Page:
At 01:44 AM 18/02/01 +0100, serafino wrote:
>Aristotle already pointed out very
>interesting things about these issues.
>- Aristotle, Phys. II, 8:
>Further, where a series has a completion (telos),
>all the preceding steps are for the sake of that.
>Now surely as in intelligent action, so in nature;
>and as in nature, so it is in each action,
>if nothing interferes.
This was a shockingly erroneous analysis, even for someone writing so long
ago. I suppose it might seem plausible if you assume that people arrived at
the same time as the rest of nature and not at the end of a very long
adaptive process that generated ab initio novelties such as planning and
intention. But even then, it's dopy in the extreme. A human opens her mouth
and sends gases moving across the vibrating folds inside her throat; we
call this speech, and know that it was indeed intended for communication. A
burst of air movement across a stand of trees causes the leaves to shake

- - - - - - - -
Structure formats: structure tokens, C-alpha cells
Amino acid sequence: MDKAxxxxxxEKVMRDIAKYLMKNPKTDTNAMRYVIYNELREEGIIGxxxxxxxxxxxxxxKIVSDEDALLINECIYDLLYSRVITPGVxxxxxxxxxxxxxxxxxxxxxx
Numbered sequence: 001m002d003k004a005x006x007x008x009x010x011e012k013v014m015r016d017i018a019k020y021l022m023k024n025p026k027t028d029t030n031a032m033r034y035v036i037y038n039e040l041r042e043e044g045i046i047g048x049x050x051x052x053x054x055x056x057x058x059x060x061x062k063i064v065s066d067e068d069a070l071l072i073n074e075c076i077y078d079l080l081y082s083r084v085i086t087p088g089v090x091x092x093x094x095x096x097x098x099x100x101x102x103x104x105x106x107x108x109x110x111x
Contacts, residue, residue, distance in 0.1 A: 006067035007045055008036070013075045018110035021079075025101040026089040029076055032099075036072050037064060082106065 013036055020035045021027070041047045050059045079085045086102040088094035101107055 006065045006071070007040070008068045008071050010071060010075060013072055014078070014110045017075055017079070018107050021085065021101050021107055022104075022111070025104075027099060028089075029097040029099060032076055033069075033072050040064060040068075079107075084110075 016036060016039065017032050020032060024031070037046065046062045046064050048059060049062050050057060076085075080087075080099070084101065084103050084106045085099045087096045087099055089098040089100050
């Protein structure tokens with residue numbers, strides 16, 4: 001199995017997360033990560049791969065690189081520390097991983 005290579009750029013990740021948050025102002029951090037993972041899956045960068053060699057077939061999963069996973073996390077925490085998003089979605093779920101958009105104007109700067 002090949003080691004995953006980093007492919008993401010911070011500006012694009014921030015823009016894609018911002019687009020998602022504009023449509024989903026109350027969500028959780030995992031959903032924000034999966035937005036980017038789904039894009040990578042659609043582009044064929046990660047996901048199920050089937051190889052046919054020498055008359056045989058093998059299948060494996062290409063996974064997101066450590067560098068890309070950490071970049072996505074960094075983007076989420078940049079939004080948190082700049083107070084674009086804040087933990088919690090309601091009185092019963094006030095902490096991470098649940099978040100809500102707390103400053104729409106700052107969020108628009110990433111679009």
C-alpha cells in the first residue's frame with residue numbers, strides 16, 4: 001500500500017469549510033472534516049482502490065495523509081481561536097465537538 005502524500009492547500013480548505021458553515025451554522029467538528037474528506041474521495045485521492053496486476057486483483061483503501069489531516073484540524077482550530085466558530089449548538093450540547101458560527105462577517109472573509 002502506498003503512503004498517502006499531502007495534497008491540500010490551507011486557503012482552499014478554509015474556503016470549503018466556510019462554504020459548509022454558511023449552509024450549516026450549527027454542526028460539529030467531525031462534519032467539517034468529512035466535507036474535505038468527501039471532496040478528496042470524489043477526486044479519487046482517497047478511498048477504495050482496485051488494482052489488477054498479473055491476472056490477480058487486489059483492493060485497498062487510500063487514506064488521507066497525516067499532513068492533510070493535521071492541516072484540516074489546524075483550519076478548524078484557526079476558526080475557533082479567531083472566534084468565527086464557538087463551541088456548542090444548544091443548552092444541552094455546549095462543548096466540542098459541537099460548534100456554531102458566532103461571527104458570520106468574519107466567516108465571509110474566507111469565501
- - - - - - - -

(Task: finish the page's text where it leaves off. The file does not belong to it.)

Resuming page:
audibly; we know that this is a complete happenstance, unintended; any
analogy with speech is a foolish superstitious error. A star reaches a
certain age and collapses into a supernova that scatters elements necessary
to the emergence of life in some distant as-yet-unborn solar system; we
know that this is a complete happenstance, unintended, however necessary in
hindsight for the development of minds able to see the difference between
intentionless physical sequences and the telic actions of complex beings.
Aristotle had his analogical arrow of explanation pointed in the wrong
direction. How can you find his mistake `very interesting'?
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